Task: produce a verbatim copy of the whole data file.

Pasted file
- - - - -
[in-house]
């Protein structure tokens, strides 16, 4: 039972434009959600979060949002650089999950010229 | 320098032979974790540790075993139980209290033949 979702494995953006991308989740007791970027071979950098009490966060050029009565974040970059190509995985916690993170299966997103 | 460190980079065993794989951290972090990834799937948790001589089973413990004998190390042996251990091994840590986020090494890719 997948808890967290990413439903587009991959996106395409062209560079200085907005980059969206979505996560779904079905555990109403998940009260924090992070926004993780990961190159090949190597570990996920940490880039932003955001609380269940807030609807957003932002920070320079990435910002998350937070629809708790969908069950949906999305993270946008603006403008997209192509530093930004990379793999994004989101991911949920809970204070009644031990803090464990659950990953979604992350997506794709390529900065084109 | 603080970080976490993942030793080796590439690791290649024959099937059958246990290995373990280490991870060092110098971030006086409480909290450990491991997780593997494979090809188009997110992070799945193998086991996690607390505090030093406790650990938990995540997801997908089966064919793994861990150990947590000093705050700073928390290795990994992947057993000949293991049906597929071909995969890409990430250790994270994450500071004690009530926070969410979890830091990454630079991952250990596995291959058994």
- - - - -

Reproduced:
[in-house]
């Protein structure tokens, strides 16, 4: 039972434009959600979060949002650089999950010229 | 320098032979974790540790075993139980209290033949 979702494995953006991308989740007791970027071979950098009490966060050029009565974040970059190509995985916690993170299966997103 | 460190980079065993794989951290972090990834799937948790001589089973413990004998190390042996251990091994840590986020090494890719 997948808890967290990413439903587009991959996106395409062209560079200085907005980059969206979505996560779904079905555990109403998940009260924090992070926004993780990961190159090949190597570990996920940490880039932003955001609380269940807030609807957003932002920070320079990435910002998350937070629809708790969908069950949906999305993270946008603006403008997209192509530093930004990379793999994004989101991911949920809970204070009644031990803090464990659950990953979604992350997506794709390529900065084109 | 603080970080976490993942030793080796590439690791290649024959099937059958246990290995373990280490991870060092110098971030006086409480909290450990491991997780593997494979090809188009997110992070799945193998086991996690607390505090030093406790650990938990995540997801997908089966064919793994861990150990947590000093705050700073928390290795990994992947057993000949293991049906597929071909995969890409990430250790994270994450500071004690009530926070969410979890830091990454630079991952250990596995291959058994």